Methods of indication optimal number of clusters: Dendrogram and Elbow Method

In [1]:

import pandas as pd

from sklearn.cluster import KMeans
import matplotlib.pyplot as plt

Wholesale customers data

The dataset refers to clients of a wholesale distributor. It includes the annual spending in monetary units (m.u.) on diverse product categories.

  • FRESH: annual spending (m.u.) on fresh products (Continuous)
  • MILK: annual spending (m.u.) on milk products (Continuous)
  • GROCERY: annual spending (m.u.) on grocery products (Continuous)
  • FROZEN: annual spending (m.u.) on frozen products (Continuous)
  • DETERGENTS_PAPER: annual spending (m.u.) on detergents and paper products (Continuous)
  • DELICATESSEN: annual spending (m.u.) on delicatessen products (Continuous)
  • CHANNEL: customer channels - Horeca (Hotel/Restaurant/Cafe) or Retail channel (Nominal)
  • REGION: customer regions - Lisnon, Oporto or Other (Nominal)
In [2]:
df = pd.read_csv('c:/1/Wholesale customers data.csv')
df.head(2)
Out[2]:
Channel Region Fresh Milk Grocery Frozen Detergents_Paper Delicassen
0 2 3 12669 9656 7561 214 2674 1338
1 2 3 7057 9810 9568 1762 3293 1776

We make clusters for two variables: ‘Fresh’, ‘Milk’

In [3]:
df.dtypes
Out[3]:
Channel             int64
Region              int64
Fresh               int64
Milk                int64
Grocery             int64
Frozen              int64
Detergents_Paper    int64
Delicassen          int64
dtype: object

Dendrogram method

Dendrograms is used to count number of clusters. Dendrogram works on the distance between point of dataframe.

In [4]:
df.columns
Out[4]:
Index(['Channel', 'Region', 'Fresh', 'Milk', 'Grocery', 'Frozen',
       'Detergents_Paper', 'Delicassen'],
      dtype='object')
In [5]:
import scipy.cluster.hierarchy as shc

plt.figure(figsize=(8,2), dpi= 180)  
plt.title("Dendrogram: 'Fresh' and 'Milk'", fontsize=15, alpha=0.5)  
dend = shc.dendrogram(shc.linkage(df[['Fresh', 'Milk']], method='ward'), labels=df.Fresh.values, color_threshold=100)  
plt.xticks(fontsize=12)
plt.show()

We imagine invisible line in the middle of high of the plot. I see four branches which cross with this imagined line.

Elbow Method

In [6]:
PKS =df[['Fresh', 'Milk']]
MinMaxScaler
In [7]:
from sklearn.preprocessing import MinMaxScaler

mms = MinMaxScaler()
mms.fit(PKS)
df_transformed = mms.transform(PKS)
In [8]:
Sum_of_squared_distances = []
K = range(1,15)
for k in K:
    km = KMeans(n_clusters=k)
    km = km.fit(df_transformed)
    Sum_of_squared_distances.append(km.inertia_)
In [9]:
plt.plot(K, Sum_of_squared_distances, 'bx-')
plt.xlabel('k')
plt.ylabel('Sum_of_squared_distances')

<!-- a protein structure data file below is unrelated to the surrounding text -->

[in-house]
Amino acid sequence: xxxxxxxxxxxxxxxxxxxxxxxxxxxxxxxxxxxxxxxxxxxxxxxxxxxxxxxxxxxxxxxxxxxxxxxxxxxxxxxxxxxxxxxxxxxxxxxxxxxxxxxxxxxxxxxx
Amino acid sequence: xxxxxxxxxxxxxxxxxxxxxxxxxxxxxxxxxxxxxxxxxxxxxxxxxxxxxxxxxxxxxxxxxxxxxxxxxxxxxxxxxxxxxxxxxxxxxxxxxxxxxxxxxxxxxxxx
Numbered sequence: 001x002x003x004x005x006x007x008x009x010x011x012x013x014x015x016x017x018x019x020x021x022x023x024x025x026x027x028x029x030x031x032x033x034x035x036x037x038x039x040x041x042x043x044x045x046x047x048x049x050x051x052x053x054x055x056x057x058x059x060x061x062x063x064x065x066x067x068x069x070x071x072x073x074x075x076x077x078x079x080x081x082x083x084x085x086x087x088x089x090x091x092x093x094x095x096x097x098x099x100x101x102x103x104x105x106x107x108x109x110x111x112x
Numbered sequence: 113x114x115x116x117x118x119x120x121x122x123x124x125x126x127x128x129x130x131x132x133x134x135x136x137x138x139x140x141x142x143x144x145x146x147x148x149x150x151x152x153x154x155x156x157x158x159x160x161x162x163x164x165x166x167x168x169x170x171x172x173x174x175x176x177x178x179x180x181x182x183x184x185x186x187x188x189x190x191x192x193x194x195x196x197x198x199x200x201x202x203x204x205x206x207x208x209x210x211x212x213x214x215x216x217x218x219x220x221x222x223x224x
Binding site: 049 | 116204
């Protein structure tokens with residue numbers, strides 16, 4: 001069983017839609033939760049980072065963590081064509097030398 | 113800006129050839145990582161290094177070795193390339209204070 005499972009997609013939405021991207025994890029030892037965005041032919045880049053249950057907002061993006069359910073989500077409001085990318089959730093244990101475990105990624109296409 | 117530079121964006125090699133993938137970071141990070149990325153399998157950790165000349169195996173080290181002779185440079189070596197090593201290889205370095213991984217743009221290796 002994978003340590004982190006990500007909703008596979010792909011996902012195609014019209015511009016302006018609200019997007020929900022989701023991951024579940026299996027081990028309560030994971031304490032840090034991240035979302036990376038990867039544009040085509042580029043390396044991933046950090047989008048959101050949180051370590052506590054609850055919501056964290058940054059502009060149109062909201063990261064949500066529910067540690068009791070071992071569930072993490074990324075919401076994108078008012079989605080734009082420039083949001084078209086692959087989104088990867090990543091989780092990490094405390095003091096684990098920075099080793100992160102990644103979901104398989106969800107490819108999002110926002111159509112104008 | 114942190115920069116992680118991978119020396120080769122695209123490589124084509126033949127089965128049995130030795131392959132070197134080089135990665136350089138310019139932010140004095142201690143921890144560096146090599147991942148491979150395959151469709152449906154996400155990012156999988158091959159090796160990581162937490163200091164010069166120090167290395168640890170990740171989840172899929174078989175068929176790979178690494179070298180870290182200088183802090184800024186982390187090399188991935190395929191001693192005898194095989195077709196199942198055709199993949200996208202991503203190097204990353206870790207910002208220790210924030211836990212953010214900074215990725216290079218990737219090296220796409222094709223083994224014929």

plt.title('Elbow Method For Optimal k')
plt.show()

To determine the optimal number of clusters, we must select the value of k on the “elbow”, ie the point at which the distortion / inertia begins to decrease linearly. Therefore, for the given data, we conclude that the optimal number of clusters for the data is 5.

Clustering population by BMI and Age

In [10]:
from sklearn.cluster import AgglomerativeClustering

cluster = AgglomerativeClustering(n_clusters=5, affinity='euclidean', linkage='ward')
cluster.fit_predict(PKS)
Out[10]:
array([4, 1, 4, 4, 2, 4, 4, 4, 4, 1, 1, 4, 2, 2, 2, 4, 1, 4, 2, 4, 2, 4,
       2, 3, 2, 2, 4, 4, 1, 0, 2, 1, 2, 2, 1, 1, 2, 4, 1, 0, 2, 2, 4, 1,
       4, 1, 1, 3, 4, 1, 4, 1, 0, 1, 2, 4, 1, 1, 4, 4, 4, 3, 4, 1, 4, 1,
       1, 2, 1, 4, 2, 2, 4, 2, 4, 2, 1, 4, 4, 1, 4, 1, 4, 2, 4, 3, 3, 0,
       4, 2, 4, 4, 1, 4, 1, 1, 1, 1, 1, 4, 4, 1, 1, 0, 4, 2, 1, 1, 1, 1,
       4, 4, 2, 4, 2, 4, 4, 4, 2, 4, 2, 1, 4, 4, 0, 0, 2, 2, 1, 0, 4, 1,
       4, 4, 4, 4, 4, 1, 4, 4, 2, 2, 2, 4, 2, 2, 4, 4, 4, 2, 2, 1, 2, 1,
       1, 1, 4, 2, 1, 1, 1, 4, 4, 1, 4, 4, 4, 1, 4, 4, 1, 1, 1, 1, 1, 1,
       0, 4, 4, 1, 4, 0, 1, 3, 1, 4, 1, 1, 4, 1, 2, 4, 4, 1, 4, 2, 2, 1,
       4, 4, 1, 1, 2, 1, 1, 1, 4, 1, 1, 1, 2, 1, 4, 1, 1, 1, 1, 2, 1, 4,
       4, 4, 4, 1, 4, 4, 2, 4, 1, 4, 4, 1, 2, 1, 4, 1, 4, 2, 4, 0, 2, 2,
       2, 4, 4, 1, 4, 4, 2, 4, 1, 1, 4, 2, 4, 2, 4, 4, 0, 0, 4, 4, 2, 1,
       1, 1, 1, 2, 4, 2, 4, 1, 1, 0, 1, 1, 2, 4, 4, 2, 1, 4, 0, 2, 0, 0,
       4, 4, 2, 0, 1, 4, 1, 1, 2, 4, 2, 4, 4, 1, 2, 1, 1, 1, 1, 1, 1, 2,
       4, 1, 4, 2, 1, 4, 4, 1, 4, 1, 4, 1, 1, 4, 2, 4, 2, 2, 4, 1, 2, 4,
       4, 4, 2, 4, 2, 2, 4, 4, 1, 1, 1, 1, 1, 1, 1, 1, 1, 2, 1, 1, 1, 1,
       1, 1, 4, 1, 2, 1, 1, 1, 2, 4, 1, 4, 1, 4, 4, 1, 2, 4, 0, 2, 1, 2,
       4, 4, 1, 0, 1, 4, 2, 2, 2, 1, 1, 4, 1, 2, 4, 4, 1, 1, 1, 2, 4, 4,
       1, 4, 4, 4, 4, 2, 2, 2, 2, 4, 2, 1, 4, 4, 4, 1, 1, 4, 4, 4, 1, 4,
       1, 4, 4, 2, 2, 2, 2, 4, 4, 2, 1, 4, 1, 4, 2, 1, 2, 2, 0, 4, 4, 1],
      dtype=int64)
In [11]:
plt.figure(figsize=(10, 7))
plt.scatter(PKS['Fresh'], PKS['Milk'], c=cluster.labels_, cmap='inferno')
plt.title('Clustering population by Fresh and Milk', fontsize=22, alpha=0.5)
plt.xlabel('Fresh', fontsize=22, alpha=0.5)
plt.ylabel('Milk', fontsize=22, alpha=0.5)
Out[11]:
Text(0, 0.5, 'Milk')